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Antiarrhythmic drug therapy during cardiopulmonary resuscitation: should we use it?

PURPOSE OF REVIEW: The optimal antiarrhythmic drug therapy (amiodarone or lidocaine) in the treatment of ventricular fibrillation/pulseless ventricular tachycardia (VF/pVT) cardiac arrest that is refractory to defibrillation is uncertain. This article reviews the evidence for and against these drugs, alternatives treatments for refractory VF/pVT and aims to define the role of antiarrhythmic drugs during cardiopulmonary resuscitation (CPR).

RECENT FINDINGS: A large randomized controlled trial that compared amiodarone, lidocaine and saline 0.9% sodium chloride for the treatment of refractory VF/pVT out-of-hospital cardiac arrest reported no difference in survival to hospital discharge or neurological outcome. In patients with witnessed arrest, survival was improved with antiarrhythmic drugs compared to saline.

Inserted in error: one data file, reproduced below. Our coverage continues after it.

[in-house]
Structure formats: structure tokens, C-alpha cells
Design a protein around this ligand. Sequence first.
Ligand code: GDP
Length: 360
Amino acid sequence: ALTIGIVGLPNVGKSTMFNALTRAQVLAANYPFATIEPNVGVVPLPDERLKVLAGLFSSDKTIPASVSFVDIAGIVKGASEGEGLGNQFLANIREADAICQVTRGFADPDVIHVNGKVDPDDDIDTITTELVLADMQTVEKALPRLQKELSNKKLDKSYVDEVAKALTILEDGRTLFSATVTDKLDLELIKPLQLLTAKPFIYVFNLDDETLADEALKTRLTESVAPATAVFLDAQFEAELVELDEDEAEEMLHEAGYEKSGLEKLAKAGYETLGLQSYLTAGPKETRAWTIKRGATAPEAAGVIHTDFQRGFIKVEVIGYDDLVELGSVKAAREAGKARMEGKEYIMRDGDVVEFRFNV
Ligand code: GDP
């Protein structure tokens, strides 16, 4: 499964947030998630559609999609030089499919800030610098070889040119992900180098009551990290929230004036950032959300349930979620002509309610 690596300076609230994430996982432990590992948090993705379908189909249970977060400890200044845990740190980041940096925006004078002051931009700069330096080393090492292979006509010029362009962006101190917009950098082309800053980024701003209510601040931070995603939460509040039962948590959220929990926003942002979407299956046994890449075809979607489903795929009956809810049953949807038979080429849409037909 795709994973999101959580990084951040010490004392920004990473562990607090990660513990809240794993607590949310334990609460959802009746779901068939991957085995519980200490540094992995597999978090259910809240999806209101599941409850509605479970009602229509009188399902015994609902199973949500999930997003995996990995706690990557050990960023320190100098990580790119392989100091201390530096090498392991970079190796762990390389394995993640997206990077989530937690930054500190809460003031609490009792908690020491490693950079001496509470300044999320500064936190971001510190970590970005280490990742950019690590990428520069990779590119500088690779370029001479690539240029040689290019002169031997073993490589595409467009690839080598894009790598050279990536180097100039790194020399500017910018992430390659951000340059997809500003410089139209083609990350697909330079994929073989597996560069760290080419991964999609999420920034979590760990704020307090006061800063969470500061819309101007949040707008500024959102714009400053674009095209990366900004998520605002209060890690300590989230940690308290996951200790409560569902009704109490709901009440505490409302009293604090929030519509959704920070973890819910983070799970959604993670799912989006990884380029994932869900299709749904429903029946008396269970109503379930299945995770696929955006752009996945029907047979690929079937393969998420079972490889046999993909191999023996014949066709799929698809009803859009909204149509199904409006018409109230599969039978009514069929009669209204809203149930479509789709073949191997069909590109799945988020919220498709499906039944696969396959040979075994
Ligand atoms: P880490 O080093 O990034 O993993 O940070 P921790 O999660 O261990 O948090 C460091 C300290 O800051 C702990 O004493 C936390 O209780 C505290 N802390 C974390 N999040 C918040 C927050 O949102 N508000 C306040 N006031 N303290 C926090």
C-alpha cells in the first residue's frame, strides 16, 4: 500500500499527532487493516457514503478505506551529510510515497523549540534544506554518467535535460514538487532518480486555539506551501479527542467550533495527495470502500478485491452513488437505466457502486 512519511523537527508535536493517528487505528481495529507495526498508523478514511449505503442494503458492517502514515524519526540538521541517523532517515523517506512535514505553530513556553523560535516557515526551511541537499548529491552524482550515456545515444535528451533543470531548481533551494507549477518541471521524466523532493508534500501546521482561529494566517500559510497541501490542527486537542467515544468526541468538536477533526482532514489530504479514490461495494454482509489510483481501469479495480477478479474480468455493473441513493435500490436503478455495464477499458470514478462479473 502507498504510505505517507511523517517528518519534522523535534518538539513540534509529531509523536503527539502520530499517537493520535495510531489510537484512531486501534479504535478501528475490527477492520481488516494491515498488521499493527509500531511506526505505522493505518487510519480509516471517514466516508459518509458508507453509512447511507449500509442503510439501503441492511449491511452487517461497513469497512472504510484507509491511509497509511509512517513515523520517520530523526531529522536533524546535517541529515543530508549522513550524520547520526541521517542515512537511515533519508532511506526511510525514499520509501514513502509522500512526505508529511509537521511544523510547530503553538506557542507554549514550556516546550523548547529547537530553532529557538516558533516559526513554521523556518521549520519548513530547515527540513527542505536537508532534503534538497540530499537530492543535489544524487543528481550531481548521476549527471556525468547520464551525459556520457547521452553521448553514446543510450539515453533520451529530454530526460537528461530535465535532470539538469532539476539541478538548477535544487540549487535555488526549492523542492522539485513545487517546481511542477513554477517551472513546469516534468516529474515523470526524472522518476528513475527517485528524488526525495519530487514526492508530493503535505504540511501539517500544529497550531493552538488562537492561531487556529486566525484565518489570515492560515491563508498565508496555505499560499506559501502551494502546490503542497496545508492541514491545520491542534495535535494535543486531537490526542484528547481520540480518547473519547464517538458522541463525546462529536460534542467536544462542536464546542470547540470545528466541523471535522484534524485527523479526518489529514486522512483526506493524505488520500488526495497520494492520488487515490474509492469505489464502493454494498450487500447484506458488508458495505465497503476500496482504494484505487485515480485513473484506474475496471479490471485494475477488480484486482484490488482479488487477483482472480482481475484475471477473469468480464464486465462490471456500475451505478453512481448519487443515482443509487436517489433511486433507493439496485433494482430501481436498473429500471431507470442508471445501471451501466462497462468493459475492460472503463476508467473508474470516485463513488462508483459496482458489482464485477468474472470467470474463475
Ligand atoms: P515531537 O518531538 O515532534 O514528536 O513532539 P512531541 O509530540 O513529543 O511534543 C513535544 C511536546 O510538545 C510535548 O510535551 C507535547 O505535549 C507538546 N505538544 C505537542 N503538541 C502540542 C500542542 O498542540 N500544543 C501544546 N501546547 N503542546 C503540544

SUMMARY: The benefit of antiarrhythmic drugs appears to be for those patients in whom initial early CPR and defibrillation attempts fail and the antiarrhythmic drug is given early. There does not appear to be any clear survival benefit for any one particular drug and other factors such as availability and cost should be considered when deciding which drug to use. Furthermore, other interventions (e.g. percutaneous coronary intervention and extra-corporeal CPR) may provide additional survival benefit when defibrillation attempts and antiarrhythmic drugs are not effective.

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